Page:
A1though bean anthraenose (Colletotriehum lindemuthianum) is prevalent only in eertain loealized regions of the country, such as Mallarauco, La Cruz, Quillota, Boca, an Limache, it constitutes in these areas one of the most serious diseases of this crop.
A knowledge of physiological races of the pathogen involved and the reaction of the Chilean varieties to their attack must precede the formulation of any plant breeding project.
In an investigation of this preliminary phase of such a project, three strains of the fungus - named according to their origin, Boco, Mallarauco and Santiago - were isolated and were used to inoculate 25 domestic and introduced bean varieties, as well as groups of differential or knpown-reaction varieties.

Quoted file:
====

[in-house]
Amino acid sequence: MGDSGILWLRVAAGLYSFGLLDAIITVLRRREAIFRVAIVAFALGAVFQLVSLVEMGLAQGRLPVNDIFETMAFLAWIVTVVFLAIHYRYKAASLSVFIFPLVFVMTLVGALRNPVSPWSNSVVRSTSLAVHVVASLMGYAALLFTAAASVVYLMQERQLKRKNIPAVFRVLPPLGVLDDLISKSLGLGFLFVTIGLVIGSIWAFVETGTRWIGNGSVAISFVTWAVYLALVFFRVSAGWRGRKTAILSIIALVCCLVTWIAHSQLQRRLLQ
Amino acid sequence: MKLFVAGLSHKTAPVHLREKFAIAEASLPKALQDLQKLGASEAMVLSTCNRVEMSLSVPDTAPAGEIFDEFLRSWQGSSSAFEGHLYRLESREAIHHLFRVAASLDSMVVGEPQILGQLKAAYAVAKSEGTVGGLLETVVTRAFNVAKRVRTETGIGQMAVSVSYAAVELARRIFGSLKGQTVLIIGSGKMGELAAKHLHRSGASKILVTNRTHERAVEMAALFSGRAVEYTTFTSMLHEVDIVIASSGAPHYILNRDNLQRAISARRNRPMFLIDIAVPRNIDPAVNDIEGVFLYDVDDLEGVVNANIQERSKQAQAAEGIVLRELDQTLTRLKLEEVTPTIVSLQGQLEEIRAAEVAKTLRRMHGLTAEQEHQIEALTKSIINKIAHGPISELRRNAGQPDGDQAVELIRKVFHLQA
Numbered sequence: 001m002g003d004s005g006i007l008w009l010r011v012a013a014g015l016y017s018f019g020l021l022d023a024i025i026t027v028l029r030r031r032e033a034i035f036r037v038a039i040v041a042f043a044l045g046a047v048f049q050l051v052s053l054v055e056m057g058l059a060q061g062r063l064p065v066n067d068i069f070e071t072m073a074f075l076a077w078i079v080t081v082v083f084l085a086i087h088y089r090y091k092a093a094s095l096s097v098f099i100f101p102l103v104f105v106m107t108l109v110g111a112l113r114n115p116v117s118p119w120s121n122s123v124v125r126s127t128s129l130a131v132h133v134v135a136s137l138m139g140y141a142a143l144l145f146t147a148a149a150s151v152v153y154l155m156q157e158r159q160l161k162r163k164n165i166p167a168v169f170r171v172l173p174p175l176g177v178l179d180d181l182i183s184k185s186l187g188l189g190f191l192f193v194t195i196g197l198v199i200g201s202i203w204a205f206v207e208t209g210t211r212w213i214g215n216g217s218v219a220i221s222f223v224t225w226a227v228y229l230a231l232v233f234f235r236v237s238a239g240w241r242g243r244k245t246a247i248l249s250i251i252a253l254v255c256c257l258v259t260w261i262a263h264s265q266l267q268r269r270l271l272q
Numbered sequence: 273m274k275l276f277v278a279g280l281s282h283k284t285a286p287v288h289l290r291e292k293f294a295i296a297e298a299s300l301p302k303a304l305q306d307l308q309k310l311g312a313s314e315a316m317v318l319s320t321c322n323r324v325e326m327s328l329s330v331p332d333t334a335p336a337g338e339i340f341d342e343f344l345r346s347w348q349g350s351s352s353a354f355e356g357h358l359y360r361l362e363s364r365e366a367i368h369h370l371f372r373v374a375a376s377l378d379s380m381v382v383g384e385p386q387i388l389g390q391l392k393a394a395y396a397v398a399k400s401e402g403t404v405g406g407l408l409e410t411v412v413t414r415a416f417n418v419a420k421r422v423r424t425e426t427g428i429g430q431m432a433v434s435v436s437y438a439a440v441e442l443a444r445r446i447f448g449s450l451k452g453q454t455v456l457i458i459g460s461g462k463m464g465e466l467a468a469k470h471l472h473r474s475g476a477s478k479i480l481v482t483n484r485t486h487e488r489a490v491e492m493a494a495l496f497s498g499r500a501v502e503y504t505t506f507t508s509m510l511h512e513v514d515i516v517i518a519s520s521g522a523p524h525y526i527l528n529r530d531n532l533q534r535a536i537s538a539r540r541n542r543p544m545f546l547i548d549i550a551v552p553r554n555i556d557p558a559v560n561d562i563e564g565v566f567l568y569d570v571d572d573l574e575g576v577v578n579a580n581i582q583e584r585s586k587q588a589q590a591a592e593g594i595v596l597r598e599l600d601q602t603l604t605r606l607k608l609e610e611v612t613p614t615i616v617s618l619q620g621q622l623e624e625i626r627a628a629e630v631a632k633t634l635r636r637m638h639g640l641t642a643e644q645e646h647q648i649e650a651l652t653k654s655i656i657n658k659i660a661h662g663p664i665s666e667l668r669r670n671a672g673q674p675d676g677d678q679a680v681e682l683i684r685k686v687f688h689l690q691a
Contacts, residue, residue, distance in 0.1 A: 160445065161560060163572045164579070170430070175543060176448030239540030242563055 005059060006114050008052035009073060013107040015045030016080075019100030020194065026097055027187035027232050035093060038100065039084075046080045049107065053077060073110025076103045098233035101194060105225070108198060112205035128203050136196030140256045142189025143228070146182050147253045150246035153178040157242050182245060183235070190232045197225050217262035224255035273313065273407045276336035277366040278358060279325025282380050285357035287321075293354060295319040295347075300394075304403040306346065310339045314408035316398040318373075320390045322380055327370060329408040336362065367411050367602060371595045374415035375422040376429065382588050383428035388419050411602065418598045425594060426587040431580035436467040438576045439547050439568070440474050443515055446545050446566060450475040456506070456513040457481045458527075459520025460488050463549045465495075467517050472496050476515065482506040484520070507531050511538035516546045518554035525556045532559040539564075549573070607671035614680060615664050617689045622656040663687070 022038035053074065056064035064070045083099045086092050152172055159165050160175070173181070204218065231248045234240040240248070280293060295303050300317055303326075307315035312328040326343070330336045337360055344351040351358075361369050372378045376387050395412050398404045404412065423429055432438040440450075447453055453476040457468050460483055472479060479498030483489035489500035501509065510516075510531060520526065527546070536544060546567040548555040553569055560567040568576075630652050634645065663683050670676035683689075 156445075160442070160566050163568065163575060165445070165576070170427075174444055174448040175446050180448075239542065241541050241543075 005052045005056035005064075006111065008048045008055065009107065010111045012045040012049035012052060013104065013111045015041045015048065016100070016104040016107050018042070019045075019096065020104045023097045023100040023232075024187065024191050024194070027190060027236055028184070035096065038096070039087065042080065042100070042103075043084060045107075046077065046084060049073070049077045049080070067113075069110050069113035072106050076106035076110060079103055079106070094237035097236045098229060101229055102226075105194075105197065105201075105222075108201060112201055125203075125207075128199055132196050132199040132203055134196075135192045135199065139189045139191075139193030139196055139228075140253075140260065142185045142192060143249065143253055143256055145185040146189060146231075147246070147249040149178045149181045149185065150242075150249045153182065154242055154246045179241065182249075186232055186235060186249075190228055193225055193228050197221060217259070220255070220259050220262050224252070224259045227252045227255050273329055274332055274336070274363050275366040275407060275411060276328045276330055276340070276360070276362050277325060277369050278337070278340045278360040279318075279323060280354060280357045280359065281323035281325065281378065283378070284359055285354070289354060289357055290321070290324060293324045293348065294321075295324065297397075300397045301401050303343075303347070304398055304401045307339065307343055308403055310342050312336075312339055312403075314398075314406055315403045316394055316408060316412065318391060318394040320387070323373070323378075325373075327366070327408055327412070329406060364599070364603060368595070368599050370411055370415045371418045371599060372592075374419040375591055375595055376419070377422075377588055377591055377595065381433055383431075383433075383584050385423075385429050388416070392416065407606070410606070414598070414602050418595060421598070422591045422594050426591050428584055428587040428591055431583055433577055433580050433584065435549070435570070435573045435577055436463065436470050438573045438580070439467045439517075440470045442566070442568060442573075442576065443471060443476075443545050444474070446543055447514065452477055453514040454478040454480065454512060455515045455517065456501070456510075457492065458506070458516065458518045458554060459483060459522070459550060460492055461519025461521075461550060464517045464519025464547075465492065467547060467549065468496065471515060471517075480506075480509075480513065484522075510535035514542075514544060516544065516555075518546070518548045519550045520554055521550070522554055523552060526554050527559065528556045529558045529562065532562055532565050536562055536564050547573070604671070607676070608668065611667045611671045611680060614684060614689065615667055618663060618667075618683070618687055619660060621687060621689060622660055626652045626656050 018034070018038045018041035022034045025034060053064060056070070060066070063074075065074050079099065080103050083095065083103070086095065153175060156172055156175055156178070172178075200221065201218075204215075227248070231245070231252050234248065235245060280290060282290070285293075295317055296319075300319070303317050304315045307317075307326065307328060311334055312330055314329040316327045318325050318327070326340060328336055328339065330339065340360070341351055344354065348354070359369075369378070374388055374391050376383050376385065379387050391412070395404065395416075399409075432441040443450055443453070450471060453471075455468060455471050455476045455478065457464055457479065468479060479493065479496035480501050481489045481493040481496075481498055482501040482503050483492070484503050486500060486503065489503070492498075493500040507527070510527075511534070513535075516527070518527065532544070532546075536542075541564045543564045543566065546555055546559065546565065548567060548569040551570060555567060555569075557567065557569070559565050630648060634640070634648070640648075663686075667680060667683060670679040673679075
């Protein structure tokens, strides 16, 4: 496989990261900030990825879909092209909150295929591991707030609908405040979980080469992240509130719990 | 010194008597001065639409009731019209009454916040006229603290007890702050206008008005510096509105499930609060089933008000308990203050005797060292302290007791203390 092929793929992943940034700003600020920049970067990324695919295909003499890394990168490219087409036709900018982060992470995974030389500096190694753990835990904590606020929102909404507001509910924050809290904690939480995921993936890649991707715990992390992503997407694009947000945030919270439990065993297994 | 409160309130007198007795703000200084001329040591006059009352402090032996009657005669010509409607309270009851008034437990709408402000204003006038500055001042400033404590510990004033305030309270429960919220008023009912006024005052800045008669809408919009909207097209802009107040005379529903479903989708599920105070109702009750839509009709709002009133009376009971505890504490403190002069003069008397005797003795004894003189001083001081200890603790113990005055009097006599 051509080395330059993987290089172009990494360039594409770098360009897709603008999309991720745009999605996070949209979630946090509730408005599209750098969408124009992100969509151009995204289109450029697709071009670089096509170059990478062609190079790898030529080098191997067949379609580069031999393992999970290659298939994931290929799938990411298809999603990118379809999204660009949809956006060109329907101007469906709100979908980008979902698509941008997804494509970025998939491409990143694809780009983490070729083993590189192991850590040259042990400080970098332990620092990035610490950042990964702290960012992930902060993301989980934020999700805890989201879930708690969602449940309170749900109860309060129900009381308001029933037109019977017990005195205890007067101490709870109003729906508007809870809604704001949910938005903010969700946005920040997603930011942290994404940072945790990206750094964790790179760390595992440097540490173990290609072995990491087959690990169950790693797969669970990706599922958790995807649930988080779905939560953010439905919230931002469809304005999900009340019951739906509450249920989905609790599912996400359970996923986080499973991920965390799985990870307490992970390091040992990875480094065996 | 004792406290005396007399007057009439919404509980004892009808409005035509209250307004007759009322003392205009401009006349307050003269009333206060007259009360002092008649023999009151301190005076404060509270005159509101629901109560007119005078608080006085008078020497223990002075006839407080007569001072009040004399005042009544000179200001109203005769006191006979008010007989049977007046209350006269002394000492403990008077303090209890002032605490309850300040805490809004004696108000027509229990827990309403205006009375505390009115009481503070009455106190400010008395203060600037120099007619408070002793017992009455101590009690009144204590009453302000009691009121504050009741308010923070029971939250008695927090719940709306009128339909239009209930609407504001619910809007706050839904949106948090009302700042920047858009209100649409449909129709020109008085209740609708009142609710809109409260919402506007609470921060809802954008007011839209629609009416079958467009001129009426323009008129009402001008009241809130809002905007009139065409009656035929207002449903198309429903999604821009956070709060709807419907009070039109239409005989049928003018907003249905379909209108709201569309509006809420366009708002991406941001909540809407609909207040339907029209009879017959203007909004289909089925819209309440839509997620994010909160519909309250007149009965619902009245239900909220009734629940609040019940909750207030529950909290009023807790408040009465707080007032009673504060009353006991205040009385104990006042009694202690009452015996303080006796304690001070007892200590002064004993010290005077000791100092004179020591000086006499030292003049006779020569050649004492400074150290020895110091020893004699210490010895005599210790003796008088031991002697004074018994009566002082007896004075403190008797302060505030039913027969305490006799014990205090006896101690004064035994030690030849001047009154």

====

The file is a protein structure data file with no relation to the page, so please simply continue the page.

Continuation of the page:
The reaction of the tested varieties to the three isolates of the pathogen seemed to indicate that only one, native race of the fungus was involved, distinct from its known α β and ϒ races. As these isolates were taken from the sections of Chile where the disease is most important, it is permissible to conclude that only one physiological race of bean anthracnose exists in our country. However, it will still be necessary to prove its identity with the pathogen responsible for sporadic attacks in La Serena in the north and Angol al1d Contulmo in the south.
The domestic bean varieties, Arroz and Cristal, and the introduced varieties, Red Kidney and Michelite, are immune or highly resistant to this native race of anthracnose and may contribute with factors for disease resistance which can be employed in breeding programs to improve susceptíble commercial varieties preferred by Chileans.